Granada’s Grisly Gate: A Moorish Survival Gets Restored

I haven’t been to Granada yet, but ever since reading Washington Irving’s “Tales of the Alhambra” when I was little, I have longed to go. Nearby the Alhambra Palace is the Puerta de Bibarrambla, an enigmatic structure in the middle of a forest that surrounds the mountain where the Alhambra sits. There doesn’t seem to be much reason for a massive gate like this to be located in the woods, where hardly anyone can see it, and that’s because how it ended up here is a rather unfortunate tale of local bad decisions trumping architectural history and preservation.

Gatea

Originally, the gate was built in the 11th century, as part of the city wall that surrounded Granada. Its nickname is the “Arch of the Ears”, but there is a dispute as to why it bears this name. Both stories, I’m afraid, have somewhat grisly aspects to them.

One story is that this was where the official city weights and measures were used, to weigh sacks of flour coming into the marketplace. If the sacks were shown to weigh more or less than they should, because a miller or trader mixed sand into the ground flour or wetted down the flour to make it weigh more, the penalty was having part or all of the miscreant’s ear cut off for attempted fraud. This was not uncommon in Spain during the Middle Ages, and this visual scarring of a thief is still practiced in some societies.

Another story concerning the origin of the gate’s nickname is that during the 17th century, a wooden viewing platform that was built atop the gate during a festival collapsed, killing a number of people. Taking advantage of the fracas, thieves went among the bodies and removed valuables, to the point of cutting the earrings from dead women at the accident site. To me, this seems less likely to be the source of the name, since the penalty for manipulating the flour sacks seems much more specific and of longer duration, but we’ll probably never know for certain.

Gate2

What we see of the gate today is something of a pastiche, since the original structure was torn down in the late 1800’s, despite having been listed as a National Monument of Spain, thanks to some bad decision-making by local officials. It was only partially reconstructed in the forest surrounding the Alhambra in the 1930’s, thanks to the efforts of the lead architect in charge of the Alhambra complex, who wanted to find a place to rebuild the gate fragments being held in museum storage. As a result, although it was certainly good to rebuild the gate so that it could be seen, there’s nevertheless something slightly false about the structure, because it’s neither in situ nor as it originally appeared.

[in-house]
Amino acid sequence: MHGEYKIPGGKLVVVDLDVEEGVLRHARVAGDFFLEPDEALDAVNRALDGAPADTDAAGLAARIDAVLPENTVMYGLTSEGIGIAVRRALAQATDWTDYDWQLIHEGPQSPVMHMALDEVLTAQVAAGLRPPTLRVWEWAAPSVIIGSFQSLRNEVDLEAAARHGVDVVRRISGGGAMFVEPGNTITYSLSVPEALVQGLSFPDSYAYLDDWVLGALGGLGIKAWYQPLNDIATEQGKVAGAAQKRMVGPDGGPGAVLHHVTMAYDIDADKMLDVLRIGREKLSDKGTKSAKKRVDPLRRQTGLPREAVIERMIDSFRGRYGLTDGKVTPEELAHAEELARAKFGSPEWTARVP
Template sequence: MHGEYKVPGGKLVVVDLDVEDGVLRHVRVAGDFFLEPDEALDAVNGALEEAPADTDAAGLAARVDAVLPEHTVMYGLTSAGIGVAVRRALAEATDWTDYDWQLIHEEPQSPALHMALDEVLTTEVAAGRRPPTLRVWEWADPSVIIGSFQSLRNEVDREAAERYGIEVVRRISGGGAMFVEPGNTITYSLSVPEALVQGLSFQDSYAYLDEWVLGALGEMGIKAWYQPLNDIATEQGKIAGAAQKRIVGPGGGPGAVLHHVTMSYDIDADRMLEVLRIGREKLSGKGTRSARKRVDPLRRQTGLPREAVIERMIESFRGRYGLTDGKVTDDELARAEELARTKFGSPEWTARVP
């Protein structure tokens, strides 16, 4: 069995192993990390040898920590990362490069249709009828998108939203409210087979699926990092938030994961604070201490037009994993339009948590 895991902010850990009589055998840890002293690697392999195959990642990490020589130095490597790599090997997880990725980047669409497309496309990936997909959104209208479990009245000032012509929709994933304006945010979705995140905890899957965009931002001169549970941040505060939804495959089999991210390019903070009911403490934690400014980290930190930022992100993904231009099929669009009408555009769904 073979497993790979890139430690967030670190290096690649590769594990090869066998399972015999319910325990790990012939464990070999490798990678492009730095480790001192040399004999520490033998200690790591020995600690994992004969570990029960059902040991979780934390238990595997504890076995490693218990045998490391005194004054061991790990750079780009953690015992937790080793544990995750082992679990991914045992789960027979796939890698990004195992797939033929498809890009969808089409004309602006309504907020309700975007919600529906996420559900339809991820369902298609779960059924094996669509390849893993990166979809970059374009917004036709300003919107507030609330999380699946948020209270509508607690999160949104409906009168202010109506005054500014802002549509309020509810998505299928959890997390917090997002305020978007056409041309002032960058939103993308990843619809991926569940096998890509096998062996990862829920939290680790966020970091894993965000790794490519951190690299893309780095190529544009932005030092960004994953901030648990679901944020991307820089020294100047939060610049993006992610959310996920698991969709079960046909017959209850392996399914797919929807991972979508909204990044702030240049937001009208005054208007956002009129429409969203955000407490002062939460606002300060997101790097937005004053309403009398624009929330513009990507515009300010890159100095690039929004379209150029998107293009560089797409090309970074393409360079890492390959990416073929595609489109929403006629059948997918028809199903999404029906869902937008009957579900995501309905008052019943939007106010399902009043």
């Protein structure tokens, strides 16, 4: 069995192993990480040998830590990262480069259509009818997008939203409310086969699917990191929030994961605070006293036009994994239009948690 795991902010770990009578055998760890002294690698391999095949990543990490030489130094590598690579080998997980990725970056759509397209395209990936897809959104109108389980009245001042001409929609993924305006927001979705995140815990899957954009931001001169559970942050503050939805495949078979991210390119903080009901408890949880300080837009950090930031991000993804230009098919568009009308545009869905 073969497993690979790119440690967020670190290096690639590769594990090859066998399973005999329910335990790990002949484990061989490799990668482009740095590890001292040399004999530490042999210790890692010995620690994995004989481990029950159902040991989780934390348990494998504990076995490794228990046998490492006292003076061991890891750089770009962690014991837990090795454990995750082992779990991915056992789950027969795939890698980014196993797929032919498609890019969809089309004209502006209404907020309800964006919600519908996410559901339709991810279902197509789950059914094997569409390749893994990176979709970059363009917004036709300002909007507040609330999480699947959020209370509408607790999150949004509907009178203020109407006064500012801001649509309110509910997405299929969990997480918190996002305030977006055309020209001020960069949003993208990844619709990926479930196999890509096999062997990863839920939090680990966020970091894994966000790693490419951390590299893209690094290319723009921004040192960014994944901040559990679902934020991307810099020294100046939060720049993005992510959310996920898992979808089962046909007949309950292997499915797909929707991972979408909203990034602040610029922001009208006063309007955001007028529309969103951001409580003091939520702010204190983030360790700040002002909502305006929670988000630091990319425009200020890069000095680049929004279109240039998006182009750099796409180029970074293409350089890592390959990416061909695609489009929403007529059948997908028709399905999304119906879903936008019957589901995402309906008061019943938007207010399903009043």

Restoration and conservation will, apparently, involve incorporating some more original elements, which have only recently been rediscovered, and making the site of the gate more accessible to visitors, but the structure will be staying where it is: there is no talk of it ever being moved back to downtown Granada to function as a gate again, which seems a pity. In essence, it’s little more than a garden folly, at this point. That being said, there is something rather admittedly romantic about this ruined structure, out in the middle of nowhere, that would make me want to seek it out.

In any case, you can read more about the interesting history of the gate by reading this rather lengthy article concerning the preservation efforts surrounding it. If your Spanish is not quite up to that, and you don’t want to suffer through Google Translate, briefer information in English is provided on the official Alhambra website, including about some of the other gates and structures around the complex. I note, from the latter site, that I particularly like the look of the Gate of the Pomegranates (“Granadas”) built for the Emperor Carlos V, even though there is absolutely nothing Moorish about the structure. Both gates are definitely now on my bucket list.

Gate12

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